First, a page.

John Lloyd, the director of journalism at the Reuters Institute for the Study of Journalism, notes the next big problem for journalism is . . . irrelevance. Political leaders don't necessarily need the press the way they once did, he notes, and they watch the press sufficiently to know how to swerve around it to communicate. Even if declining revenue appears to be the major challenge for the mainstream, Lloyd believes a looming and lingering issue is the poor relationship.
There are others who might opine that one of journalism's looming problems is how it will raise the money to sustain its efforts. The revenue might be there, but the means to achieve that revenue might create more problems. Case in point: native advertising, the editorial-style sponsored content.
MediaPost reports that a new J.P. Morgan outlook is bullish on native advertising as the key to revenue growth in the years ahead. It says consumers are connecting to native advertising and clicking through its content to discover goods and services. This is particularly true on mobile, but increasingly so on desktop computing. A stigma attached to native advertising is disappearing, it asserts.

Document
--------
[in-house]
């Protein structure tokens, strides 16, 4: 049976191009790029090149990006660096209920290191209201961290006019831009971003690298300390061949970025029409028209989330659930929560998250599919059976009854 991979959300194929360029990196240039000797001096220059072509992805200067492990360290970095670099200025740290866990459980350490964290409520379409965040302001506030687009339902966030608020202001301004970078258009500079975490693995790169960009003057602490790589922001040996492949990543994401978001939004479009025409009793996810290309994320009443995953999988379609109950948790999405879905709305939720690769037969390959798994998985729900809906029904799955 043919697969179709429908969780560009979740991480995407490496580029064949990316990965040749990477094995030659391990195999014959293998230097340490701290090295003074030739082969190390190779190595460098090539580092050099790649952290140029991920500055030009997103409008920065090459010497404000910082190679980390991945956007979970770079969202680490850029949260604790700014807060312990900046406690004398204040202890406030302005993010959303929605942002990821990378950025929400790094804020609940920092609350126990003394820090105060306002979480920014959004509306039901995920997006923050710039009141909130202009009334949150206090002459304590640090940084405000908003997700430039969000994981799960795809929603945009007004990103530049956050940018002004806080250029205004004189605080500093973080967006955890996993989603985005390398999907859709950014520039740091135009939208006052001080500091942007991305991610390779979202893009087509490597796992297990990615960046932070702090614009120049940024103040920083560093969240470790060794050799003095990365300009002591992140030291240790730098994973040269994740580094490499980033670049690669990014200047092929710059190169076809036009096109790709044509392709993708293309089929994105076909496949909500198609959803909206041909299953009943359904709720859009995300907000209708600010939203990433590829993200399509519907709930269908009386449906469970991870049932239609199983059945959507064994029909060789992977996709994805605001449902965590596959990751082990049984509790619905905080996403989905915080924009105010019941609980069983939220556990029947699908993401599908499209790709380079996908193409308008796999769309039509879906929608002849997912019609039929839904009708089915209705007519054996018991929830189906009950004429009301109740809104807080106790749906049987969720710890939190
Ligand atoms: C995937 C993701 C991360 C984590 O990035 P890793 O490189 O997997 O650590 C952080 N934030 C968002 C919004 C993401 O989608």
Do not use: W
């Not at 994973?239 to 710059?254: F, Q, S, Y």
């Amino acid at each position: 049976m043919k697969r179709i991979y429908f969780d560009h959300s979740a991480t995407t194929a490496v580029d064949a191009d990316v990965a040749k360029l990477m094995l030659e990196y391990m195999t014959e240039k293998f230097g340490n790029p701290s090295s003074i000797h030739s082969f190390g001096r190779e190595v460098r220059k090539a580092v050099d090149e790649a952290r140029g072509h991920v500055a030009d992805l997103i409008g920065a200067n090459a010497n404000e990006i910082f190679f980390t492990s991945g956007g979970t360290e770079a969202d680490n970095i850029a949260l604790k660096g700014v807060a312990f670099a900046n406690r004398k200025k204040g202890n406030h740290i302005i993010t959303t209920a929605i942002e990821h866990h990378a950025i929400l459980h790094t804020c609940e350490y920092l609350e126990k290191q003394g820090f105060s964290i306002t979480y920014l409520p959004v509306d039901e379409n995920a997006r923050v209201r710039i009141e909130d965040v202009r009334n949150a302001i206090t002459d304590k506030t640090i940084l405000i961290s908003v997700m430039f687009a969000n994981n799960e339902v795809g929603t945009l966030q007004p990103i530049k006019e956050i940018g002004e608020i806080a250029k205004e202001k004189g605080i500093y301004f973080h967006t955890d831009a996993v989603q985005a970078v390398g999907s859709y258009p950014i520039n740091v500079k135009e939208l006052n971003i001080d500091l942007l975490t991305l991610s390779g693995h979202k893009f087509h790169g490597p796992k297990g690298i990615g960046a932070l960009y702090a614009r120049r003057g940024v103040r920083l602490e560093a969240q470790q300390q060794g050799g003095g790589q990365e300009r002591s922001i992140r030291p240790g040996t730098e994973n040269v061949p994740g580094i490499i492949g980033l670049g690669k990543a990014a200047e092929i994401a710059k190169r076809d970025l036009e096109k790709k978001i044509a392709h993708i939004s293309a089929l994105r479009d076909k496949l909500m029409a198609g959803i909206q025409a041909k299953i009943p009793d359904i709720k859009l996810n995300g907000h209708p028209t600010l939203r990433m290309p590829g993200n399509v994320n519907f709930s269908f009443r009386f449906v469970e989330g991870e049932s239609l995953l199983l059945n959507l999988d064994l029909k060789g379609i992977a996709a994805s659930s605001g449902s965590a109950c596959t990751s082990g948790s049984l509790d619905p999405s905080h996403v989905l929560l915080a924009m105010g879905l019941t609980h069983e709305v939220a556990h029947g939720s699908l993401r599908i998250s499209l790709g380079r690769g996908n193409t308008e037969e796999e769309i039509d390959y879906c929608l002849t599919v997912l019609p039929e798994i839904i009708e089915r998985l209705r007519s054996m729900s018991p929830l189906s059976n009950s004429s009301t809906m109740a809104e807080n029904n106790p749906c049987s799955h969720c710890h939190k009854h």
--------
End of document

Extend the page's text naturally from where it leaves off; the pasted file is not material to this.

Why watch TV only when a second screen is inviting your participation? A new study finds nearly half of Americans keep an eye on (and sometimes some keyboard strokes on) social media as they view programs.
Hollywood Reporter says the study for the major television producers organization indicates only 13 per cent of those who employ a second screen find it significantly improves the experience. But roughly two-thirds indicate there is some improvement to the viewing, an indication that a second-screen strategy is a good idea but needs tweaking.